Three main elements constitute mail or wire fraud violations: (1) a scheme to defraud; (2) money, property, or honest services; and (3) use of the mails or wires in furtherance of the scheme. See United States v. Wallach, 935 F.2d 445, 461 (2d Cir. 1991) (providing the elements for mail fraud)*fn3 ; United States v. Bortnovsky, 879 F.2d 30, 39 (2d Cir. 1989) (discussing Congress's actions in passing 18 U.S.C. § 1346). Also, the government must prove that defendants acted with intent. Id. ("To establish the existence of a scheme to defraud, the government must present proof that the defendants possessed a fraudulent intent."). No actual injury is required. Id. ("the government is not required to show that the intended victim was actually defrauded." (citations omitted)). It is only necessary that defendants "contemplated some actual harm or injury." Id.; see also United States v. Gotti, 459 F.3d 296, 331 (2d Cir. 2006) ("this Circuit has held that in wire fraud cases, it is the scheme itself, rather than its success, that is the required element for conviction."). Moreover, defendants do not have to personally dispatch the fraudulent information via the mails or wire. Slevin, 106 F.3d at 1089 ("The mailings do not need to be done by the defendant personally . . . ."). Instead, the government only has to prove "that the defendants 'caused' the mailing, namely that they must have acted 'with knowledge that the use of the mails will follow in the ordinary course of business, or where such use can reasonably be foreseen, even though not actually intended . . . .'" Bortnovsky, 879 F.2d at 36 (quoting Pereira v. United States, 347 U.S. 1, 8-9, 74 S.Ct. 358, 98 L.Ed. 435 (1954)); see also Slevin, 106 F.3d at 1089 (quoting Bortnovsky with approval). Additionally, the government must prove "that the mailing was for the purpose of executing the scheme or, in other words, 'incident to an essential part of the scheme.'" Bortnovsky, 879 F.2d at 36 (citing Pereira, 347 U.S. at 8-9); see also Slevin, 106 F.3d at 1089 (quoting Bortnovsky with approval).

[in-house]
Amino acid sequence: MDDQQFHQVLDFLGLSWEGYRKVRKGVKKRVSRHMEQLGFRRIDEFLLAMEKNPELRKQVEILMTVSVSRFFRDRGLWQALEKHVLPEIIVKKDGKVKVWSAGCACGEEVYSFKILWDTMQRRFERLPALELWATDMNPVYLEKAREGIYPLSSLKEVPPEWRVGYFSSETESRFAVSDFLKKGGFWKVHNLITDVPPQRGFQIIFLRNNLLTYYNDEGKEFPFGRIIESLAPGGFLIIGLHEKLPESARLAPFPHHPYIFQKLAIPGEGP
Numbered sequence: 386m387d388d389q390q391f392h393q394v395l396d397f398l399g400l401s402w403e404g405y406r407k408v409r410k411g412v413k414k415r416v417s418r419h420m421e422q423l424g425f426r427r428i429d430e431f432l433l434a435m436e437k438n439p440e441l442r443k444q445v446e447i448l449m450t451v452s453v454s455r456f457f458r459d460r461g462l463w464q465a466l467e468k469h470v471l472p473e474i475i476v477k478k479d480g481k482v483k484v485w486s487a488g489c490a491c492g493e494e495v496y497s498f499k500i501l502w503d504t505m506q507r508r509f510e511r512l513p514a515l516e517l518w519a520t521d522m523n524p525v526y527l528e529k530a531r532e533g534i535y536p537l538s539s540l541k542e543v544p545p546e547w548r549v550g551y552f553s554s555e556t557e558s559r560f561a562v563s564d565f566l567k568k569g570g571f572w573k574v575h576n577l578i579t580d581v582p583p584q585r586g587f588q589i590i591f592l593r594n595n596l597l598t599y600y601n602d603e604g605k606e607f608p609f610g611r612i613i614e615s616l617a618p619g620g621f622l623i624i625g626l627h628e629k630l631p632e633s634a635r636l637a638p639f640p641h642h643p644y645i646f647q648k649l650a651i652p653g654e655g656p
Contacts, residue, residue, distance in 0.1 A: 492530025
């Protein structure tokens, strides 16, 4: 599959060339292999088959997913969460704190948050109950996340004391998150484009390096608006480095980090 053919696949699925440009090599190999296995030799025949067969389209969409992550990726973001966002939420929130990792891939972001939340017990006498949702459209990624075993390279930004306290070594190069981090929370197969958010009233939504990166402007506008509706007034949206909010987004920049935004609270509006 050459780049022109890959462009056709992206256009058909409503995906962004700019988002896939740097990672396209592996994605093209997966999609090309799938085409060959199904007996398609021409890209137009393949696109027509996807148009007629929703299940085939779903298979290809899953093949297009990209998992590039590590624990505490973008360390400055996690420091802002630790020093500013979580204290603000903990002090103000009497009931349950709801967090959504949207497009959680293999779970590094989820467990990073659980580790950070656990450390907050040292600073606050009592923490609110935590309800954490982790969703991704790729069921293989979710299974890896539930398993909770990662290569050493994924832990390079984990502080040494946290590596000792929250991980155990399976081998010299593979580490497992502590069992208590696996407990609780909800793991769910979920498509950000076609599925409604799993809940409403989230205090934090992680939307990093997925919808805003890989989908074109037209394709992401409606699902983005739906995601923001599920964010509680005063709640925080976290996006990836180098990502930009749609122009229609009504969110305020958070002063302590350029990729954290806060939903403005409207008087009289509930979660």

There is no strict timing requirement for the mailing or wire; the mailing need not precede the fraud. Slevin, 106 F.3d at 1089. When there is a fraudulent pattern, even post-fraud mailings or wires can satisfy the "in furtherance of" requirement. Slevin, 106 F.3d at 1089-90 ("[w]here the frauds are not isolated or unrelated swindles, postfraud mailing[s] . . . may further the scheme by, for example, lulling the victims into believing they received the services fraudulently promised, or by helping to keep the scheme in operation by preserving a needed business relationship between a fraud victim and the defendant." (citations omitted)).